• Tiffany Brailow and Lauren Wilson, Corner Canyon High, first place in the DECA competition’s Start-up Business Plan category.
  • Kyla White, Alta High, first place in the DECA competition’s Restaurant and Food Service Management category. 
  • Emily Zhang, Hillcrest High, first place in the Future Business Leaders of America state competition in the Health Care Administration category.
  • Rishab Balakrishnan, Justin Dong, Hillcrest, first place in the Future Business Leaders of America state competition in the Management Decision Making category.
  • Eric Yu, Hillcrest High, two first place awards in the Future Business Leaders of America state competition in the Network Design and Networking Concepts categories.
  • Madilyn Wallace, Hillcrest,  first place in the Future Business Leaders of America state competition in the Virtual Business Finance Challenge Spring category. 
  • Meereaore Birima, Hillcrest High, first place at the Family Career and Community Leaders of America state competition in the Advocacy category.
  • Lindsay Bruner, Hillcrest High,  first place at the Family Career and Community Leaders of America state competition in the Recycle and Redesign category. 
  • Luke Kim, Hillcrest High, first place at the HOSA state competition on a Knowledge Test in the Transcultural Healthcare category.
  • Annabelle Warner, CTEC, first place at the HOSA state competition in the Physical Therapy category.
  • Warren McCarthy, Hillcrest High, first place at the HOSA state competition on a Knowledge Test in the Nutrition category.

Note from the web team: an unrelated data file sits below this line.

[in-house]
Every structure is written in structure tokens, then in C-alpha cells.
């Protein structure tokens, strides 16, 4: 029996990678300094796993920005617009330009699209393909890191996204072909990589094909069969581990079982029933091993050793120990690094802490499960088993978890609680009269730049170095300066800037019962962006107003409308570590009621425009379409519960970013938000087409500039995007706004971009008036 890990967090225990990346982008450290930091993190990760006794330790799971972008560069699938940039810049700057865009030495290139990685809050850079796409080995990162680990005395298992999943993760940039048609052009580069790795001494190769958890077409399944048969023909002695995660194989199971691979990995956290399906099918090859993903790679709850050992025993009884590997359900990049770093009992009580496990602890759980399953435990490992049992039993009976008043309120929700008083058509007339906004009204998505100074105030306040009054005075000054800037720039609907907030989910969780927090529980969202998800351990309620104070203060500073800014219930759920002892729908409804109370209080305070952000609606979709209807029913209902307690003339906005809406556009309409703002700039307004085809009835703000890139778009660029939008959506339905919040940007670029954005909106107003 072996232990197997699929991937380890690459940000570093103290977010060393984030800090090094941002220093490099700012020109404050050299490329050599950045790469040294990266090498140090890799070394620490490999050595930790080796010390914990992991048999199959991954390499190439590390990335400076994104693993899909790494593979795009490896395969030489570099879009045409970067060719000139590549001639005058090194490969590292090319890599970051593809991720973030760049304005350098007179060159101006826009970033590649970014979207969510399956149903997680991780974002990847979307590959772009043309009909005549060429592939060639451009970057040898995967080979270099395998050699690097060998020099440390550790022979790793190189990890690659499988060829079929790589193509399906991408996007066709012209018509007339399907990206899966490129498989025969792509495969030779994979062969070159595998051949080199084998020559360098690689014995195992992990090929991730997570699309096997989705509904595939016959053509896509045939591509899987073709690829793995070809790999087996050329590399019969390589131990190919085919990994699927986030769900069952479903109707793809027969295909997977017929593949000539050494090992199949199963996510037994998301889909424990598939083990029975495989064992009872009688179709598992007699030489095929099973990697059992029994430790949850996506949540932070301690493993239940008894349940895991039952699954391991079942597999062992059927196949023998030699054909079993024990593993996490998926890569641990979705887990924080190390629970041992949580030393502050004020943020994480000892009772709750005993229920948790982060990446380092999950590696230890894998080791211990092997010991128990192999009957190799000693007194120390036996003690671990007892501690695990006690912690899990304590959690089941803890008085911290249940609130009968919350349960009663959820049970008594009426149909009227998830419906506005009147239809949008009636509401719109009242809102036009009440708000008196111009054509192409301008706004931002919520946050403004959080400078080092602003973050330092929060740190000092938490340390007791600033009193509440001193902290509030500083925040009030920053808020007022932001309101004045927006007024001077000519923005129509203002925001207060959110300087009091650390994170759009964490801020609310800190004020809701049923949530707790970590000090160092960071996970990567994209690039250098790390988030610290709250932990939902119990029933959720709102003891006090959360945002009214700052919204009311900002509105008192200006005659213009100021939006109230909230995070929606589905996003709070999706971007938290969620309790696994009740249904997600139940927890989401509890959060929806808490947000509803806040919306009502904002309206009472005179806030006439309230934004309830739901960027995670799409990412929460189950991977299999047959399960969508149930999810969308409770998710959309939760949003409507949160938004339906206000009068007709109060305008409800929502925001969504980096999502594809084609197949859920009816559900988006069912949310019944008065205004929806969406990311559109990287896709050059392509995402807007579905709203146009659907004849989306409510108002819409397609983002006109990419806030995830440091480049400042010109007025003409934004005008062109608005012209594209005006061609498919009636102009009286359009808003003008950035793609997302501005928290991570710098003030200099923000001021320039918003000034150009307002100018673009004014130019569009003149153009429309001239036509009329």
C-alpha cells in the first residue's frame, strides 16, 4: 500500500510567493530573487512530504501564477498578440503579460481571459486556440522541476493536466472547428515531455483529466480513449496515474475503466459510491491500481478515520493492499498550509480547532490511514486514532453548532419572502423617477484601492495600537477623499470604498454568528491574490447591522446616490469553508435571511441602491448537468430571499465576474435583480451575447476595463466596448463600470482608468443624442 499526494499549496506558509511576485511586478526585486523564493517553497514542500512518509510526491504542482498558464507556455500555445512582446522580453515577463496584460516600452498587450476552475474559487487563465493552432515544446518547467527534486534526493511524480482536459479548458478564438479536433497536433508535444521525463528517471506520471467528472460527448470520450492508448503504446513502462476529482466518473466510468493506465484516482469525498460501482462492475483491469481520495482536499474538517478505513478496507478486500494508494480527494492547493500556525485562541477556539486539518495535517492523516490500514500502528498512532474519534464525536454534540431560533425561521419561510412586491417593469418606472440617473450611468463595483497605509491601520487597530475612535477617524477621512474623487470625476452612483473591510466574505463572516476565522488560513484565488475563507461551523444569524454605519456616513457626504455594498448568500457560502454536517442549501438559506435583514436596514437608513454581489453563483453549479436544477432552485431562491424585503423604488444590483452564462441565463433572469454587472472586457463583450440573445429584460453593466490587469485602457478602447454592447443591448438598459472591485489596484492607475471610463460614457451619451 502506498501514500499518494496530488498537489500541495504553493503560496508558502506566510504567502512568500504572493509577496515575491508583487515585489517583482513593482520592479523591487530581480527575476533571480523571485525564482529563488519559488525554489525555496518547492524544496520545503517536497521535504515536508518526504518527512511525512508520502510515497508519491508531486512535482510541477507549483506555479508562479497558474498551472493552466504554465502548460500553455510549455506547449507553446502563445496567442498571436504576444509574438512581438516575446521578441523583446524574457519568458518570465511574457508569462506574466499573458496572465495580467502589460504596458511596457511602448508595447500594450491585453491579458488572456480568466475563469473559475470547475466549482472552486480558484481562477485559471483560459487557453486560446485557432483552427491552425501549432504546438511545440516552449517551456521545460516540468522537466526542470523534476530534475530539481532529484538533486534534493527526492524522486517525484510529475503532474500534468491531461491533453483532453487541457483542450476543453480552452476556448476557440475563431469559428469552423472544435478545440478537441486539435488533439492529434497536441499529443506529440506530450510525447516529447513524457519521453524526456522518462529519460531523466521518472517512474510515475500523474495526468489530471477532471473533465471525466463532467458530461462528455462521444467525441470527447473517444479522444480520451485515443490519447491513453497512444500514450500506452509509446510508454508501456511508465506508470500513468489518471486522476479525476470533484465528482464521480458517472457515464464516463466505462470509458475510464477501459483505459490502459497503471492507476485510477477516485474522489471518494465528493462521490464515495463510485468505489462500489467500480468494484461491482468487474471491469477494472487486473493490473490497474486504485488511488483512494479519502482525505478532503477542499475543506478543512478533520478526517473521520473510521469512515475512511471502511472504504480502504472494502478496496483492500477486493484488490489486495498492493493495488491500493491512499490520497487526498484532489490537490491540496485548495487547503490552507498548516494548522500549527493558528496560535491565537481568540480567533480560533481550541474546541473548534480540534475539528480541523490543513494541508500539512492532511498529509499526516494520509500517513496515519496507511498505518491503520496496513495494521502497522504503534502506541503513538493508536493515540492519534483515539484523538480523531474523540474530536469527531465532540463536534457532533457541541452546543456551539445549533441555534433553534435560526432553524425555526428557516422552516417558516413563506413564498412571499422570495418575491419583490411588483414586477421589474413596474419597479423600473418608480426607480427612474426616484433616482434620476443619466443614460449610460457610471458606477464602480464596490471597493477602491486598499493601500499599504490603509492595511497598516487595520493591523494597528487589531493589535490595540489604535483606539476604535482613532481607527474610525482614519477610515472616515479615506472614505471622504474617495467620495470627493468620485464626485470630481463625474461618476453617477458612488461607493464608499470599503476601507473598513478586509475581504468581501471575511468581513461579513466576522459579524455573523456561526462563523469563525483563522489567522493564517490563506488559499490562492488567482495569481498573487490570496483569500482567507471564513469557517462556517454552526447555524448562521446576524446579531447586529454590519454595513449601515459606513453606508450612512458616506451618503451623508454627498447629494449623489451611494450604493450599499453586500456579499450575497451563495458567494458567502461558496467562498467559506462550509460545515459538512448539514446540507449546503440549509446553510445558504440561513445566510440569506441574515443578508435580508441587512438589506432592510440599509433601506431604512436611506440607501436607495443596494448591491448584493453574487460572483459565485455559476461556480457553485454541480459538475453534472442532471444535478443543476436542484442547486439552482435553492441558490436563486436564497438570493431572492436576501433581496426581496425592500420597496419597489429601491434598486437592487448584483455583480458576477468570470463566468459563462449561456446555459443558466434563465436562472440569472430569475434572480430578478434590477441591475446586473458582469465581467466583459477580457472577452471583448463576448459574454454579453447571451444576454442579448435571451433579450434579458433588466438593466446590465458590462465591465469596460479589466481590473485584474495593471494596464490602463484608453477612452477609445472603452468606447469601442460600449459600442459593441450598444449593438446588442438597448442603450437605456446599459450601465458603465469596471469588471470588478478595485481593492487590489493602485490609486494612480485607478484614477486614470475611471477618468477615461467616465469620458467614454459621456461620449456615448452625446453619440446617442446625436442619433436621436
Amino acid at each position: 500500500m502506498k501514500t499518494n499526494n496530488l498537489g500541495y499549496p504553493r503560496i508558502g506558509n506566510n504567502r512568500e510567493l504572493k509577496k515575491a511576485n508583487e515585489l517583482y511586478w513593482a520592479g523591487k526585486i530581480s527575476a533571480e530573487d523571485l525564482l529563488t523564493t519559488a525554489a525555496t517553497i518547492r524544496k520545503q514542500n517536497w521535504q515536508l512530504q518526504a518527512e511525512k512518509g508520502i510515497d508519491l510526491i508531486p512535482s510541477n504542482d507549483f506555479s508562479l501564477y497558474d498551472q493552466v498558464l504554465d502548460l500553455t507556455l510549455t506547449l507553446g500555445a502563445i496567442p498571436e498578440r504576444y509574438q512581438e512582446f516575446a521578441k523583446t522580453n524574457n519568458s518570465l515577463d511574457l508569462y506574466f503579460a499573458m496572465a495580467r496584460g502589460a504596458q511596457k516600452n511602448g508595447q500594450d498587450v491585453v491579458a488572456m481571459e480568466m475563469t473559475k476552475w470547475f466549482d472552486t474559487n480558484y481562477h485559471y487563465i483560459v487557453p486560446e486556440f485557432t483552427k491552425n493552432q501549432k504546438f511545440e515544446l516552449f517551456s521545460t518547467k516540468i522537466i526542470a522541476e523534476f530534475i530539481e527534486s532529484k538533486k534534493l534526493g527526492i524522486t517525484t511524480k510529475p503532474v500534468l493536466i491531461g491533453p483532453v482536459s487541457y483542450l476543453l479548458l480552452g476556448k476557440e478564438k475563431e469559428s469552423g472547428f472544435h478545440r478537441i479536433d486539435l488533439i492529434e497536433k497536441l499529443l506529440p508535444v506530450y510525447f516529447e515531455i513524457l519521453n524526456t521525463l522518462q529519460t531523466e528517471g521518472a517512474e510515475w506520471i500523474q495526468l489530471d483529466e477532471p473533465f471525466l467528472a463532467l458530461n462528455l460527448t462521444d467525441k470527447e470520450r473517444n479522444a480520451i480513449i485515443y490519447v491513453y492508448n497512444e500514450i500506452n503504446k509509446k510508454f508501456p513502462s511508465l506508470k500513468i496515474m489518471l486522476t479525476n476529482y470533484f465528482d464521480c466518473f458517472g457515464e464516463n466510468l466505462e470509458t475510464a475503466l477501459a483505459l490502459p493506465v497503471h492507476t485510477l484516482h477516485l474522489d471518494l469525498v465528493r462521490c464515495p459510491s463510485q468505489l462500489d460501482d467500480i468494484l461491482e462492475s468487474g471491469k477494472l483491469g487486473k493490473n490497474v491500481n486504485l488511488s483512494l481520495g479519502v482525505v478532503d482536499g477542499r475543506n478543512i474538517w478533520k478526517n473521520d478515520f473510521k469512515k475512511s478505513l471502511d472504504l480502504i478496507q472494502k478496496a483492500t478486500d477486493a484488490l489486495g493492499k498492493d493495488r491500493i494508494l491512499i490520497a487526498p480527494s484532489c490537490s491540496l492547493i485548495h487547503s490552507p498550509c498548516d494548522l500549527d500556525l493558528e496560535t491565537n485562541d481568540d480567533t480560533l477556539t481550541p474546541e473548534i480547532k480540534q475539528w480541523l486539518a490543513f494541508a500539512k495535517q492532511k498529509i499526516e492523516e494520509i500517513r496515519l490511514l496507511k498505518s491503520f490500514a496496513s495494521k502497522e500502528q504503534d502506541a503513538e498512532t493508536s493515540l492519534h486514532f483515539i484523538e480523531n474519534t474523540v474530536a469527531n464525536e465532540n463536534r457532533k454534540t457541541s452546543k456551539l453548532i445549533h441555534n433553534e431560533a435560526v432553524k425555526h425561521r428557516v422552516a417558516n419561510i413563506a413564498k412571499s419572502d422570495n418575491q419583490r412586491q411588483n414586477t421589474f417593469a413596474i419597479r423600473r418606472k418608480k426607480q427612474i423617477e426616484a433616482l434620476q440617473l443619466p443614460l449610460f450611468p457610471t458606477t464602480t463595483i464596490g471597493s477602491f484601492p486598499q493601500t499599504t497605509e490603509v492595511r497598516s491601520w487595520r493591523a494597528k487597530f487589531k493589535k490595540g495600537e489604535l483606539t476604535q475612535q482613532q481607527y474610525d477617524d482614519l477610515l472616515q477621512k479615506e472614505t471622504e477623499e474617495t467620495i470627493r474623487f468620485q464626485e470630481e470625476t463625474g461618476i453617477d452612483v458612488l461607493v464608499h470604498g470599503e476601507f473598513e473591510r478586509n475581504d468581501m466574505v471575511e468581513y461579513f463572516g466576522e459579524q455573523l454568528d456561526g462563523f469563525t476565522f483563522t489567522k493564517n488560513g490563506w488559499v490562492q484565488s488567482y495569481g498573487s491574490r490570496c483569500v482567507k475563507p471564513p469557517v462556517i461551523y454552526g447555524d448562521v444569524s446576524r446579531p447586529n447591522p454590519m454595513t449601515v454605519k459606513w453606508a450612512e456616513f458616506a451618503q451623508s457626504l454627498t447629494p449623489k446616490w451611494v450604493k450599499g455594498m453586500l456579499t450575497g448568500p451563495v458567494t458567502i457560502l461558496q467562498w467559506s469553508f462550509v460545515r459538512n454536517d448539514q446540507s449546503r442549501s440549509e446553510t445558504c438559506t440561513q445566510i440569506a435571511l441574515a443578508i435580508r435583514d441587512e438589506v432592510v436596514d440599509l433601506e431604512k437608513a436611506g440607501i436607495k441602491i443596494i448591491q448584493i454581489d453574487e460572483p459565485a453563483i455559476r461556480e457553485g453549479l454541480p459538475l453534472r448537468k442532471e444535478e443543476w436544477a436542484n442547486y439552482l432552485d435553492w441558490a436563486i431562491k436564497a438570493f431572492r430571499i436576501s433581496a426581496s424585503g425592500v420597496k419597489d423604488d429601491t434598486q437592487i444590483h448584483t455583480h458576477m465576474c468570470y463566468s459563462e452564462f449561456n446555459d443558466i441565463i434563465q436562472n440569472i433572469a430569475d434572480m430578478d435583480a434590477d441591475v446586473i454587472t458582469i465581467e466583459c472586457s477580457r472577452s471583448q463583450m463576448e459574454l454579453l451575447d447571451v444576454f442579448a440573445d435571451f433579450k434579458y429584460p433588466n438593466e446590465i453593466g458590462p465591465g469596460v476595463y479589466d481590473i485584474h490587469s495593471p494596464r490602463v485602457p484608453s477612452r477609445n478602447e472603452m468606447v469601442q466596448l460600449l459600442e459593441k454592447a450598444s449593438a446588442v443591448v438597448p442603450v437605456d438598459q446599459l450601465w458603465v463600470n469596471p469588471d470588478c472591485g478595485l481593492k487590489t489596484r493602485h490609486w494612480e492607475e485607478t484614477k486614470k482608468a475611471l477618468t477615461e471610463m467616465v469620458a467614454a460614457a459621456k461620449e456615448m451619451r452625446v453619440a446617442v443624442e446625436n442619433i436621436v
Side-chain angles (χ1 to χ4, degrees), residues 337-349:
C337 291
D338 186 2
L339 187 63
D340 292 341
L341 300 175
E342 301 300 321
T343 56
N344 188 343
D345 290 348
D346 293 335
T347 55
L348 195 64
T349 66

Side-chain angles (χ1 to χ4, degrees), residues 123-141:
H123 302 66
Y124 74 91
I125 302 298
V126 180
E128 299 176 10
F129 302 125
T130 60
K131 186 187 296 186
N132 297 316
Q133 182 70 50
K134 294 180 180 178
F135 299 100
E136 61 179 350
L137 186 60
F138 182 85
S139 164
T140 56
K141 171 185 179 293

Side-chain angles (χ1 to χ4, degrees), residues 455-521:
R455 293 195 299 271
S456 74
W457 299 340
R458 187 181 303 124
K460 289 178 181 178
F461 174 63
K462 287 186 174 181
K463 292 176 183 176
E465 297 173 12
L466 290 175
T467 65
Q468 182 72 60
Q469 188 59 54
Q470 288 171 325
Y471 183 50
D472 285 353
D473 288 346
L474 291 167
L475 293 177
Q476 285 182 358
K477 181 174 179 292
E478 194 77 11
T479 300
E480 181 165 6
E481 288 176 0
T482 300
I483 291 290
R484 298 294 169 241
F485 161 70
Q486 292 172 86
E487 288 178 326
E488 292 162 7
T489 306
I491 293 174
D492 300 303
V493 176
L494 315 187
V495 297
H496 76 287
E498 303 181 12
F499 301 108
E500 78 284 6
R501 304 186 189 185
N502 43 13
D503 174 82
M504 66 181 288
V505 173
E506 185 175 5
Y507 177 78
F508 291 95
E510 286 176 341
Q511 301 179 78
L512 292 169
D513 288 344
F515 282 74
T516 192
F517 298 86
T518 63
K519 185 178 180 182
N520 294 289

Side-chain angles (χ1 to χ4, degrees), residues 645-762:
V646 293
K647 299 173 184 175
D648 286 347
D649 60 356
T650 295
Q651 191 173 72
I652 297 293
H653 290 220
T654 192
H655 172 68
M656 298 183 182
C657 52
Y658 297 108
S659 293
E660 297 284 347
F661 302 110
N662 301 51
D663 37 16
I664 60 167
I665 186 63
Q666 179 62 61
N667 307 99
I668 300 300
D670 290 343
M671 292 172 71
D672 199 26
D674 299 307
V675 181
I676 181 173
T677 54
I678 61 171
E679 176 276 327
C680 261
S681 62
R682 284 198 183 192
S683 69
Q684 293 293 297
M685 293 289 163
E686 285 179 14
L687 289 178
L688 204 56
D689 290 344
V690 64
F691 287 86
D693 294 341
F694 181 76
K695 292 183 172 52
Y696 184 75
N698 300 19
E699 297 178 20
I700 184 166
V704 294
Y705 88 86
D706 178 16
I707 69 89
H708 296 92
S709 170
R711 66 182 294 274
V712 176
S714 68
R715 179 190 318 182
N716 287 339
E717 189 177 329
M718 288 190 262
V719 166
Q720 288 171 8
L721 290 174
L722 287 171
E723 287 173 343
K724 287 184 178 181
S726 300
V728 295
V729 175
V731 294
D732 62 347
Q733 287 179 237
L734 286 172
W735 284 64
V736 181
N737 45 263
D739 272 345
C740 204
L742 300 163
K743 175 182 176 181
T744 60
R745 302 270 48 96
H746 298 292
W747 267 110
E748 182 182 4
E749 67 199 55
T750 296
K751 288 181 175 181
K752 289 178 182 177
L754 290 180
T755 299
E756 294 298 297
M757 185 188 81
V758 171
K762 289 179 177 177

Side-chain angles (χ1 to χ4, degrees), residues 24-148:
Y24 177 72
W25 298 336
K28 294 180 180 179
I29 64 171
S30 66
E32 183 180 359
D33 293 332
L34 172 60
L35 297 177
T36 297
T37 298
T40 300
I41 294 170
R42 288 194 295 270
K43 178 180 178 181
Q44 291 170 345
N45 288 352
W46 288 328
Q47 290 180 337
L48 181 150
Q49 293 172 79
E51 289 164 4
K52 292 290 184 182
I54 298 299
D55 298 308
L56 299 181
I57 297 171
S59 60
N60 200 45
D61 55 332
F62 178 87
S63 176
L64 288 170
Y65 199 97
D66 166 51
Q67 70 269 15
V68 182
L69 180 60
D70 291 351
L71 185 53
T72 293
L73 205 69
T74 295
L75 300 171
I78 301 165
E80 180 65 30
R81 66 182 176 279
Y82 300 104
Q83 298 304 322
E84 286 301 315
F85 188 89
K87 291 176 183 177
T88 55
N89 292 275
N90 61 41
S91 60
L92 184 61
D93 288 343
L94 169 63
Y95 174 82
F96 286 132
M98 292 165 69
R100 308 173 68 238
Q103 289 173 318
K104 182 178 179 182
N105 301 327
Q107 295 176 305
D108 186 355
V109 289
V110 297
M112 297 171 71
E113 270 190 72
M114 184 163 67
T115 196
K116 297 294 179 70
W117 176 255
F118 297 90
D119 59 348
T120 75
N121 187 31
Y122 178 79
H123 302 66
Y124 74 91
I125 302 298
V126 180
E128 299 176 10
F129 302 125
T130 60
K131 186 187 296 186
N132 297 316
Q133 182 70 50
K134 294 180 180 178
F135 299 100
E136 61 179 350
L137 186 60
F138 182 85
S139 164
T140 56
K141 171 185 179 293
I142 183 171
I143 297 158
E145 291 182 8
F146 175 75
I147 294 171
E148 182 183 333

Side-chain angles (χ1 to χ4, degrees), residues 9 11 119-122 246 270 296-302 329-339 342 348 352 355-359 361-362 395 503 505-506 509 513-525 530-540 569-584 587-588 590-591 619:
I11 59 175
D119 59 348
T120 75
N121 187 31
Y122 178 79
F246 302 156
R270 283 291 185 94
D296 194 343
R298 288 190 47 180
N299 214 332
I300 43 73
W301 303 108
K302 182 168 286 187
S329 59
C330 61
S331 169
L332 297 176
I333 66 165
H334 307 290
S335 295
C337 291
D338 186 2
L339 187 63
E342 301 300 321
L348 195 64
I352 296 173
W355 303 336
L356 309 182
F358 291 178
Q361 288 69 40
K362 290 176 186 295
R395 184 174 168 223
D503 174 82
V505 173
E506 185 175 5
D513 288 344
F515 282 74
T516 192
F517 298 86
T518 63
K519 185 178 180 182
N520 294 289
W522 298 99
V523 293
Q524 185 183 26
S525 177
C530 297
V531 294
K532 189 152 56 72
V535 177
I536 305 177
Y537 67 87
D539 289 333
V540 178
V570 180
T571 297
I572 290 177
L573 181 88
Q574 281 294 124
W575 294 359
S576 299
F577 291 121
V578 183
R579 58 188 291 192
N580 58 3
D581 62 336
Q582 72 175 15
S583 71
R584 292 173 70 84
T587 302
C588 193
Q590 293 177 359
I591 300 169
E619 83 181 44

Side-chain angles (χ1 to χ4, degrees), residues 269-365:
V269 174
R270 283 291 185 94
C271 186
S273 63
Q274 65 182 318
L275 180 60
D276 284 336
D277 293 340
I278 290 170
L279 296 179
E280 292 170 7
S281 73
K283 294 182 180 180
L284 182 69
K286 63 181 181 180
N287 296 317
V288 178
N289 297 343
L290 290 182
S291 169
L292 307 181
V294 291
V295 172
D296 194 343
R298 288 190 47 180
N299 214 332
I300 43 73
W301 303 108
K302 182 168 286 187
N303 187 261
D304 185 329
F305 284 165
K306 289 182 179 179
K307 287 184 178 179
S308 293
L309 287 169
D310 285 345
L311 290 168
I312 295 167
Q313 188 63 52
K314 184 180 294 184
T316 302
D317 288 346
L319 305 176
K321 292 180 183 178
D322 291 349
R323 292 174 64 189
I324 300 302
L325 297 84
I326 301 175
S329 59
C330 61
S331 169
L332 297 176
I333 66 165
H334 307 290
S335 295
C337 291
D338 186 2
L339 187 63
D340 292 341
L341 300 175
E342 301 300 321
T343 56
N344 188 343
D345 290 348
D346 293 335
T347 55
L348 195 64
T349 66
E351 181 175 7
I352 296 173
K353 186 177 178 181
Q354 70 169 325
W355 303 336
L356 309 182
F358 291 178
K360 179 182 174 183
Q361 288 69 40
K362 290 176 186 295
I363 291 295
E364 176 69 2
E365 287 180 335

• Noah Porter, CTEC, first place at the SkillsUSA Utah Championship in the Job Skill Demonstration category.
  • Rachel Lancaster, CTEC, first place at the SkillsUSA Utah Championship in the Prepared Speech category.
Superintendent, Business Administrator Reports

Superintendent Briscoe thanked the Board members for the civility they show to each other and the public when discussing monumental issues such as the salary increase for CSD teachers. He also lauded the passage of the proposal to start the social-emotional learning curriculum. 

Mr. Wilcox thanked the negotiating team for working hard on the contracts with licensed personnel, administrators and Education Support Professionals.

Board Reports

Mrs. Clareen Arnold reflected on the transparency of the deliberations of the salary increase.  She also said the new salary schedule will help teachers, who often work two or three jobs to make ends meet. She thanked fellow Board members for expressing dissenting opinions, even when it’s not popular. 

Mr. Steve Wrigley reported on Special Education Sports Day at Jordan High.

Mrs. Amber Shill reported on Canyon View Elementary’s cultural night and the trustee meeting of the Utah High School Activities Association.

Mrs. Amanda Oaks attended the luncheon in celebration of National School Nursing Day and the Middle School Honors Band, Orchestra and Choir Concert.

Mr. Mont Millerberg attended the CSD Warehouse’s Cinco de Mayo celebration and the Copperview Elementary School Community Council meeting.

President Nancy Tingey attended Canyons View’s cultural night and the Union Middle production of “Addams Family.